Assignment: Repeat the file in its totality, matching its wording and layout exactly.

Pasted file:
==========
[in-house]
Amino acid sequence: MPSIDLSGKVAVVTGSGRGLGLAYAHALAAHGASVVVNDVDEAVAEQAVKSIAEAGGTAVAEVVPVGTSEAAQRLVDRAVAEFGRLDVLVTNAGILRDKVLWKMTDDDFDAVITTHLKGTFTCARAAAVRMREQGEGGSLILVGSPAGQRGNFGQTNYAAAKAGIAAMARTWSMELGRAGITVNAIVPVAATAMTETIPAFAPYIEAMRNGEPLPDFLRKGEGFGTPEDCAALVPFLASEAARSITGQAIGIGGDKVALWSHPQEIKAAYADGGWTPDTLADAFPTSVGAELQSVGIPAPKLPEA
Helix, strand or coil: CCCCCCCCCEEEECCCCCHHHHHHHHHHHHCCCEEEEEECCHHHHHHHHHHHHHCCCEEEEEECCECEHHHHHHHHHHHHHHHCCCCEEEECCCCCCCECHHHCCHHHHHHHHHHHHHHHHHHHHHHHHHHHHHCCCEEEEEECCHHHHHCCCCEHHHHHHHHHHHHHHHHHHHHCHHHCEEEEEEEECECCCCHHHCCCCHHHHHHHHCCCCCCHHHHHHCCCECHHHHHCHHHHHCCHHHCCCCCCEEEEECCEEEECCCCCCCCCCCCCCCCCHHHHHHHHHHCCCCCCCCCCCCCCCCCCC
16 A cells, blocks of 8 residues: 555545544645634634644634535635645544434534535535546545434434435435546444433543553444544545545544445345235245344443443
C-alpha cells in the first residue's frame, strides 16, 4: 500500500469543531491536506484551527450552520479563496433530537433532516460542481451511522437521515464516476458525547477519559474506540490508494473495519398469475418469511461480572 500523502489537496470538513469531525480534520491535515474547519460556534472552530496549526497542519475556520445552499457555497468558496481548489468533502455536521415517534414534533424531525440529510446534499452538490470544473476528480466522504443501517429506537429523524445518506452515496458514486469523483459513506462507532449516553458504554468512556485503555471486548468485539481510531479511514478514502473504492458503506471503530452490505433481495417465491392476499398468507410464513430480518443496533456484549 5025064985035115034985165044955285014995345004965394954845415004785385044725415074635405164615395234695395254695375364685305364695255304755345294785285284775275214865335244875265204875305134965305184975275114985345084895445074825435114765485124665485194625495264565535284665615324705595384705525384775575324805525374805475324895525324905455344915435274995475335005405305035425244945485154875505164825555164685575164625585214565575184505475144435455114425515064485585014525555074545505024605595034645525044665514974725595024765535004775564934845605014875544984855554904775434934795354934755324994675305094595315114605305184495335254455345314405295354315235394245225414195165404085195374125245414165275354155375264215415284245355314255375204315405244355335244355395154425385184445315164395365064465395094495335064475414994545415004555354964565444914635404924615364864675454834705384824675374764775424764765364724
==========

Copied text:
[in-house]
Amino acid sequence: MPSIDLSGKVAVVTGSGRGLGLAYAHALAAHGASVVVNDVDEAVAEQAVKSIAEAGGTAVAEVVPVGTSEAAQRLVDRAVAEFGRLDVLVTNAGILRDKVLWKMTDDDFDAVITTHLKGTFTCARAAAVRMREQGEGGSLILVGSPAGQRGNFGQTNYAAAKAGIAAMARTWSMELGRAGITVNAIVPVAATAMTETIPAFAPYIEAMRNGEPLPDFLRKGEGFGTPEDCAALVPFLASEAARSITGQAIGIGGDKVALWSHPQEIKAAYADGGWTPDTLADAFPTSVGAELQSVGIPAPKLPEA
Helix, strand or coil: CCCCCCCCCEEEECCCCCHHHHHHHHHHHHCCCEEEEEECCHHHHHHHHHHHHHCCCEEEEEECCECEHHHHHHHHHHHHHHHCCCCEEEECCCCCCCECHHHCCHHHHHHHHHHHHHHHHHHHHHHHHHHHHHCCCEEEEEECCHHHHHCCCCEHHHHHHHHHHHHHHHHHHHHCHHHCEEEEEEEECECCCCHHHCCCCHHHHHHHHCCCCCCHHHHHHCCCECHHHHHCHHHHHCCHHHCCCCCCEEEEECCEEEECCCCCCCCCCCCCCCCCHHHHHHHHHHCCCCCCCCCCCCCCCCCCC
16 A cells, blocks of 8 residues: 555545544645634634644634535635645544434534535535546545434434435435546444433543553444544545545544445345235245344443443
C-alpha cells in the first residue's frame, strides 16, 4: 500500500469543531491536506484551527450552520479563496433530537433532516460542481451511522437521515464516476458525547477519559474506540490508494473495519398469475418469511461480572 500523502489537496470538513469531525480534520491535515474547519460556534472552530496549526497542519475556520445552499457555497468558496481548489468533502455536521415517534414534533424531525440529510446534499452538490470544473476528480466522504443501517429506537429523524445518506452515496458514486469523483459513506462507532449516553458504554468512556485503555471486548468485539481510531479511514478514502473504492458503506471503530452490505433481495417465491392476499398468507410464513430480518443496533456484549 5025064985035115034985165044955285014995345004965394954845415004785385044725415074635405164615395234695395254695375364685305364695255304755345294785285284775275214865335244875265204875305134965305184975275114985345084895445074825435114765485124665485194625495264565535284665615324705595384705525384775575324805525374805475324895525324905455344915435274995475335005405305035425244945485154875505164825555164685575164625585214565575184505475144435455114425515064485585014525555074545505024605595034645525044665514974725595024765535004775564934845605014875544984855554904775434934795354934755324994675305094595315114605305184495335254455345314405295354315235394245225414195165404085195374125245414165275354155375264215415284245355314255375204315405244355335244355395154425385184445315164395365064465395094495335064475414994545415004555354964565444914635404924615364864675454834705384824675374764775424764765364724